The N Word

Nazis are making a comeback, not as part of political ideology, but as a political rhetorical device. The campaign trail is littered with Nazi comparisons, some more deft and some more heavy-handed, but all boiling down to the ultimate goal of comparing one’s opponent to – well – the epitome of evil. The accuracy of the comparisons may be open to debate, but the frequency of the comparisons is what should send red flags – really no pun intended – flying.


Republican presidential hopeful Rick Santorum made headlines this week when he made a fill-in-the-blanks comparison, lacking in a few key proper nouns.


Remember, the Greatest Generation, for a year and a half, sat on the sidelines while Europe was under darkness, where our closest ally, Britain, was being bombed and leveled, while Japan was spreading its cancer all throughout Southeast Asia. America sat from 1940, when France fell, to December of ’41, and did almost nothing."


“Why? Because we’re a hopeful people. We think, ‘Well, you know, he’ll get better. You know, he’s a nice guy. I mean, it won’t be near as bad as what we think. This’ll be okay.’ Oh yeah, maybe he’s not the best guy, and after a while, you found out things about this guy over in Europe, and he’s not so good of a guy after all.”


Santorum, in his own defense, denied that the “nice guy” was Obama or that the “guy over in Europe” was Hitler, and added to a CBS correspondent that “"the World War II metaphor is one I''ve used 100 times in my career.” And in his defense, there were other bad guys at the time in Europe - Mussolini, Franco, Stalin, and so forth - but none of them were invading France or bombing Britain.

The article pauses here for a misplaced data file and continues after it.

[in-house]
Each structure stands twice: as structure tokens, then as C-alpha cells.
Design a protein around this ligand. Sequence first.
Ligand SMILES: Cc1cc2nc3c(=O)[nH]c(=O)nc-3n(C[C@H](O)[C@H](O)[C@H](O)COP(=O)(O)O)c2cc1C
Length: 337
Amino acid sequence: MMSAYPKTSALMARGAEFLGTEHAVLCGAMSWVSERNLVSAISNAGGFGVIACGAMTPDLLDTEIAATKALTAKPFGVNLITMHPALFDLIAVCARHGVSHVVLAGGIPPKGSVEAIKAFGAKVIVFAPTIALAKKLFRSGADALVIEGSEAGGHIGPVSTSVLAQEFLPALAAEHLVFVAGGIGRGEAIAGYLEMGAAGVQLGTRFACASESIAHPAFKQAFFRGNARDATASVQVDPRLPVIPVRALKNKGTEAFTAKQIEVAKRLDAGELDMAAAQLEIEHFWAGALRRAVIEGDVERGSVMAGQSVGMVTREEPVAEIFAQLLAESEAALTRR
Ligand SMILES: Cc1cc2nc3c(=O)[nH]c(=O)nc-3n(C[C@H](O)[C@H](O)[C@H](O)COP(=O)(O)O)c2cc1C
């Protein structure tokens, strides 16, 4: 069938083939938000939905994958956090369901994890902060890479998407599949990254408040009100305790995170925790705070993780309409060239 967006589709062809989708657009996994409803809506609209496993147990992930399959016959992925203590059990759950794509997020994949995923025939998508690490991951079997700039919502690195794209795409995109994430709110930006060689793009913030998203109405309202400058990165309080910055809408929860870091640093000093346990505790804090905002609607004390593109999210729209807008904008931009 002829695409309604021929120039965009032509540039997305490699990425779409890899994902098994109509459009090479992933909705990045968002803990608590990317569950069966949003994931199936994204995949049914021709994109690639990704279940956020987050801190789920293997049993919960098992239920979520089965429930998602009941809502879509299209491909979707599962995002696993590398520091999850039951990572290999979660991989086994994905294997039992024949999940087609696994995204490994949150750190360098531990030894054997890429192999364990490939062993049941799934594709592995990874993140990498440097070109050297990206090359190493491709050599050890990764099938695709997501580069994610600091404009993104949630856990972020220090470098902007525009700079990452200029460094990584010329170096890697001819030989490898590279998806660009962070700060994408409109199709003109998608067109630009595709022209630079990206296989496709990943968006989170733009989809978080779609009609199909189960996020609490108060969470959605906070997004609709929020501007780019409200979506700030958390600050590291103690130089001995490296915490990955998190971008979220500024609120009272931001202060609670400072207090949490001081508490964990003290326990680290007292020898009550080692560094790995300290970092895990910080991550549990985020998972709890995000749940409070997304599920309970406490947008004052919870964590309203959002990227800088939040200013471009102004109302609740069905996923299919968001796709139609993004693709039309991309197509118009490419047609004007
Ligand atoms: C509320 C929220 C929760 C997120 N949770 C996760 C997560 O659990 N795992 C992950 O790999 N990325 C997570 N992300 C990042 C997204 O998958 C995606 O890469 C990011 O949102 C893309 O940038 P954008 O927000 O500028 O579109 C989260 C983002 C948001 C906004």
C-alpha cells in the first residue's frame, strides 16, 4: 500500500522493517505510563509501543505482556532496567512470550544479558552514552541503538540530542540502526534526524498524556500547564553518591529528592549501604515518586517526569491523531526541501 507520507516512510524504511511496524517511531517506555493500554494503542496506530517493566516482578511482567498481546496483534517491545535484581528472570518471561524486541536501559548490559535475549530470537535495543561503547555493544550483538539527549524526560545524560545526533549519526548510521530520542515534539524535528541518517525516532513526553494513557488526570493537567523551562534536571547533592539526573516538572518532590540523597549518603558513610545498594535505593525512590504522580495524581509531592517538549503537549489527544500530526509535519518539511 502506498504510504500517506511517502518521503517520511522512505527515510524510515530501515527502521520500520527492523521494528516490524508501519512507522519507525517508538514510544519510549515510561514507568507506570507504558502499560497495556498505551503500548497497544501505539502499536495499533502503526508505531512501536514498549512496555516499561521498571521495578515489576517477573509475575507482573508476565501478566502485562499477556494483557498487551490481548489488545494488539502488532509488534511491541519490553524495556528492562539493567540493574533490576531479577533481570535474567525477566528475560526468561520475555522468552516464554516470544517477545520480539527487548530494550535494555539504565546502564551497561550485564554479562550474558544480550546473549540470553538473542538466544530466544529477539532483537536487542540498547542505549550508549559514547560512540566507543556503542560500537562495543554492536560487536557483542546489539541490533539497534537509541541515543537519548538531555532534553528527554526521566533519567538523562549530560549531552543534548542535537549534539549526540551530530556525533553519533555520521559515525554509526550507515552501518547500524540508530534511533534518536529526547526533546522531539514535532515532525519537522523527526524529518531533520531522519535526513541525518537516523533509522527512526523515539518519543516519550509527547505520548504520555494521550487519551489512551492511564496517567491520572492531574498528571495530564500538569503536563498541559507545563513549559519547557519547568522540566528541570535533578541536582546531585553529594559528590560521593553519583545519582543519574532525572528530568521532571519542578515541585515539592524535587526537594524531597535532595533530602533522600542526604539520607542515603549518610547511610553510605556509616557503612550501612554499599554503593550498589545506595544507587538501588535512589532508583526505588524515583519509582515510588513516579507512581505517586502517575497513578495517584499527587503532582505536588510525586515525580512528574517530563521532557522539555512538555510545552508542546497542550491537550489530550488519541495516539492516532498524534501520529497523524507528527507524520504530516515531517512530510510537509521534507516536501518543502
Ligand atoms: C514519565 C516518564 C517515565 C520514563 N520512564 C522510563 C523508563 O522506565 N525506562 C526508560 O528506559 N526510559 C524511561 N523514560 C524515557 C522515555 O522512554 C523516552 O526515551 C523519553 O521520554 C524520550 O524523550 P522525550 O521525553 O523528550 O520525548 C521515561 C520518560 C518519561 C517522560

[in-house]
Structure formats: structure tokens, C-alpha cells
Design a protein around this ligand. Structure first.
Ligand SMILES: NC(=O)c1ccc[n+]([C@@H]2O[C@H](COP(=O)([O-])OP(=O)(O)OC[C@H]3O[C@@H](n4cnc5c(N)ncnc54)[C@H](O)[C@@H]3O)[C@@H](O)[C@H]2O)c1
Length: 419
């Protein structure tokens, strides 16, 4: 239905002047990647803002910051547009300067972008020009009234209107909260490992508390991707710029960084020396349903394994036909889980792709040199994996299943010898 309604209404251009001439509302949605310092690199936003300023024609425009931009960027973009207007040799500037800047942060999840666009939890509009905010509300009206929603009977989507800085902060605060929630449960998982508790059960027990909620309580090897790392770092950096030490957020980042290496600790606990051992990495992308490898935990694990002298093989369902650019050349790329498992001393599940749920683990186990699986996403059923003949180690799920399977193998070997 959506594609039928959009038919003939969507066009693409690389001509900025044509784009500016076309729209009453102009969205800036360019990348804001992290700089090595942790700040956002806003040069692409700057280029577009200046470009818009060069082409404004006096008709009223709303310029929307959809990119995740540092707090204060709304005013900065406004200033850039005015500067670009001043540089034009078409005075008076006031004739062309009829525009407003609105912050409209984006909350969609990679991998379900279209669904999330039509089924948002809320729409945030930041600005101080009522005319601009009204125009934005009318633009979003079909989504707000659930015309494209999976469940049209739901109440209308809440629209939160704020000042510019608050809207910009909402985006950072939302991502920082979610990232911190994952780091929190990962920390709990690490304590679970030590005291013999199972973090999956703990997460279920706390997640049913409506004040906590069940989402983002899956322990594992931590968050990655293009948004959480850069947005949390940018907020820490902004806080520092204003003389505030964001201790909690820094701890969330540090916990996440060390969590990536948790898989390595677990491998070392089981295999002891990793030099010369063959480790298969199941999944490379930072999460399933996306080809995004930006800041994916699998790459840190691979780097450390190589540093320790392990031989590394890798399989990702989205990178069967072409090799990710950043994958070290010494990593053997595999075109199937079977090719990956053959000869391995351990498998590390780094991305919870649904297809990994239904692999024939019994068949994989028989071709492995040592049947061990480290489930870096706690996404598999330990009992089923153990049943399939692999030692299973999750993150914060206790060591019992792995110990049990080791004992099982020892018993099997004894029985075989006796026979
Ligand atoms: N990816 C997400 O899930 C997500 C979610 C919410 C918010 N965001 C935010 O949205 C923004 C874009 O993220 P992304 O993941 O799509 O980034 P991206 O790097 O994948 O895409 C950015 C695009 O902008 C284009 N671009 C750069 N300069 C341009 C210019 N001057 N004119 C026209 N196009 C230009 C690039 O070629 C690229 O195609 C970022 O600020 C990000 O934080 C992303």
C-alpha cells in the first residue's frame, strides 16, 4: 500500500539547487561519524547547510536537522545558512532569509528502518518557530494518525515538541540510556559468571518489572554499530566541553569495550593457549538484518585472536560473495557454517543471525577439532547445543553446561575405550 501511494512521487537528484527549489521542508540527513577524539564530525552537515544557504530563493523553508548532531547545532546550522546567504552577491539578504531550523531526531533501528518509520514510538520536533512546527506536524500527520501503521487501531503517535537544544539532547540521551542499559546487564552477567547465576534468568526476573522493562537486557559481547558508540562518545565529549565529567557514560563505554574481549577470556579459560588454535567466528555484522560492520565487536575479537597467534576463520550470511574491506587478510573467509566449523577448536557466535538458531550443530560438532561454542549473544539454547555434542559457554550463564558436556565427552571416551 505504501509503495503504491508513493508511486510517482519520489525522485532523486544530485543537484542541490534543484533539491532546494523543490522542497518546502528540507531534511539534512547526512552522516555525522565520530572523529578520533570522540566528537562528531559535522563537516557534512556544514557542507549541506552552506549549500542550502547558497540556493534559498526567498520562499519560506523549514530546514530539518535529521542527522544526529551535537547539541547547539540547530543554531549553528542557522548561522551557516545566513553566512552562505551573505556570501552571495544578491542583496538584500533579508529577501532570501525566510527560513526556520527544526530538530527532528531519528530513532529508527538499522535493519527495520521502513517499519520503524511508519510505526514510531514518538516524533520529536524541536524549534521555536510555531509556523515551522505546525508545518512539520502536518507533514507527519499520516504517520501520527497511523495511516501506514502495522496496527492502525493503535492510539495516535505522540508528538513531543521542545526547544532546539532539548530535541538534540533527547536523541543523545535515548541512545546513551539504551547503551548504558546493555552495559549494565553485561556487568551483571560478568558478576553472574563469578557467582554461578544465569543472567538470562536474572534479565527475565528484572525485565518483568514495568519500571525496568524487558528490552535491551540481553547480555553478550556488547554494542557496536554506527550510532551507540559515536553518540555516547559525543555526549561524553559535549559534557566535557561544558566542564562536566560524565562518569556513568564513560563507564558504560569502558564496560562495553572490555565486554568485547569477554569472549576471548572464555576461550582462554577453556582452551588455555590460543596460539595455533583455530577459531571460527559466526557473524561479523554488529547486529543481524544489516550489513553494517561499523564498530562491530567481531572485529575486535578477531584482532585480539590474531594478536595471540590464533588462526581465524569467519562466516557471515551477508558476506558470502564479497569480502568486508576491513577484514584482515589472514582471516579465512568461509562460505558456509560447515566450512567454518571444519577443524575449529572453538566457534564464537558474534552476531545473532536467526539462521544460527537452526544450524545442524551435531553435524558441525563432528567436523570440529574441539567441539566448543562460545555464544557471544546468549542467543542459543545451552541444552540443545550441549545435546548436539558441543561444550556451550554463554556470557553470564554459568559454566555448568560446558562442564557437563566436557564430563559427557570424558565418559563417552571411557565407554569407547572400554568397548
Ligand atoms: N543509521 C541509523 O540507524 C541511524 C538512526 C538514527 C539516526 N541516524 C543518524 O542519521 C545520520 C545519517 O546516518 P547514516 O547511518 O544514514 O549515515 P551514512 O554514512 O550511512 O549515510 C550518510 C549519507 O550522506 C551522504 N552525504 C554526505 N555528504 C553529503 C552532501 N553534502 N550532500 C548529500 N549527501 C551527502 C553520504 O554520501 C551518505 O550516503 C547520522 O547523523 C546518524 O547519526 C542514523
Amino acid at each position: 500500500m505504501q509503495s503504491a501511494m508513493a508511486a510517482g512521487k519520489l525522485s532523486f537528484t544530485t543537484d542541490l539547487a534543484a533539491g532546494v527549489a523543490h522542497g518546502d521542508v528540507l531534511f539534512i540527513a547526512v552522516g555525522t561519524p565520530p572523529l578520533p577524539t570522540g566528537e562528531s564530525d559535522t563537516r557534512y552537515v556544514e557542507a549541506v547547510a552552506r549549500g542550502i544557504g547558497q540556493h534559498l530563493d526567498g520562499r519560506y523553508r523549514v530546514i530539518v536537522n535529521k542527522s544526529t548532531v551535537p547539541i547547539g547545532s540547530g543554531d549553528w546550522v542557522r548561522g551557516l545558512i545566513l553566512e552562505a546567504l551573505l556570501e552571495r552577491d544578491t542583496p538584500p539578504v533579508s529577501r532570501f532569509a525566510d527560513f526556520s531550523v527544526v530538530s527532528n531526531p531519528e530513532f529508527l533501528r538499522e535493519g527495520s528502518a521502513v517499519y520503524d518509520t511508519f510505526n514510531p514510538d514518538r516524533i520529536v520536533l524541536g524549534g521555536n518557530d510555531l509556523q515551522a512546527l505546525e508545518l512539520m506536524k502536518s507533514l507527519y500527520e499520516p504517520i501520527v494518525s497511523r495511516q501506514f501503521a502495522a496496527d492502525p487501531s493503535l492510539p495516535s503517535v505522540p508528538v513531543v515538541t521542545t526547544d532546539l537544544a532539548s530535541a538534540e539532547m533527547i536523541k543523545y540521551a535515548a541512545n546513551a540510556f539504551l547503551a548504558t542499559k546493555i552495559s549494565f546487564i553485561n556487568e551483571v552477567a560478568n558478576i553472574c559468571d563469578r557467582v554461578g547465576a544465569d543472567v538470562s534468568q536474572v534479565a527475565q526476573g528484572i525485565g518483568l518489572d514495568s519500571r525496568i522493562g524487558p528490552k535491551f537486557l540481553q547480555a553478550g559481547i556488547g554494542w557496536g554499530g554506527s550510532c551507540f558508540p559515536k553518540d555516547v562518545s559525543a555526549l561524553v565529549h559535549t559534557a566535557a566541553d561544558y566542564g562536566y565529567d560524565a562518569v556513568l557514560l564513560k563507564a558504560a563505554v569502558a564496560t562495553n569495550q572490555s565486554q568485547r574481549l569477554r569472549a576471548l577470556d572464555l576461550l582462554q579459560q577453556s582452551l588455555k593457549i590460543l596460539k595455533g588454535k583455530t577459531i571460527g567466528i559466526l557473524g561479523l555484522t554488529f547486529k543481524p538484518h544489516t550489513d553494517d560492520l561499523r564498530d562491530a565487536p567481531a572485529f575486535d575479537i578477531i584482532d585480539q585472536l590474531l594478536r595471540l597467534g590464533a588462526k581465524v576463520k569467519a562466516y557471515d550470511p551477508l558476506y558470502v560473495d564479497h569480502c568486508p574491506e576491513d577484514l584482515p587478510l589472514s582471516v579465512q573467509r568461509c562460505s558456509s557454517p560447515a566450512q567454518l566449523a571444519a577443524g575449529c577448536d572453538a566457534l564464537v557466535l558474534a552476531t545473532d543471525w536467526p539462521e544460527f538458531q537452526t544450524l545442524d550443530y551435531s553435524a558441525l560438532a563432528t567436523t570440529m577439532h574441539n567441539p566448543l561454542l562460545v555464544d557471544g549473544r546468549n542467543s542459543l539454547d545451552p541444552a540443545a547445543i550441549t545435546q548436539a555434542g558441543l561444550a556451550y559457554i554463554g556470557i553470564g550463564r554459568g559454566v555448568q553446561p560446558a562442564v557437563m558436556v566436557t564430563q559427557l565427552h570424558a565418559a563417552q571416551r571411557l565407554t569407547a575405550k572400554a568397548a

Nazi comparisons are certainly not new to the American political scene. During the 1984 presidential campaign, Walter Mondale released a letter that Ronald Reagan had written to Richard Nixon in 1960, in which the incumbent had compared John F. Kennedy to Adolf Hitler. Twenty years later, the George W. Bush camp took flack for a more direct use of the dictator, including him together in a portrait gallery of  “the coalition of the wild-eyed” which included Hitler alongside Bush’s opponent, John Kerry.


But despite the questionable genealogy of Nazism-as-rhetorical-device, a casual observer might note that the rhetorical train is gaining speed.


Let’s look at the past few years:


In January 2011, during the debate on repealing the health care law, Rep. Steve Cohen (D-TN) said that Republicans “say it''s a government takeover of health care, a big lie just like Goebbels. You say it enough, you repeat the lie, you repeat the lie, and eventually, people believe it. Like blood libel. That''s the same kind of thing.” The history lesson/Nazi comparison continued: “The Germans said enough about the Jews and people believed it–believed it and you have the Holocaust.”


Less than a year later, the infamous Nazi propagandist made another Congressional appearance when Rep. Allen West (R-FL) told reporters that “if Joseph Goebbels was around, he’d be very proud of the Democrat Party because they have an incredible propaganda machine.” For West, this was a repeat performance; in 2010, he said that his (Jewish) opponent’s campaign tracker had employed  “Gestapo-type intimidation tactics.”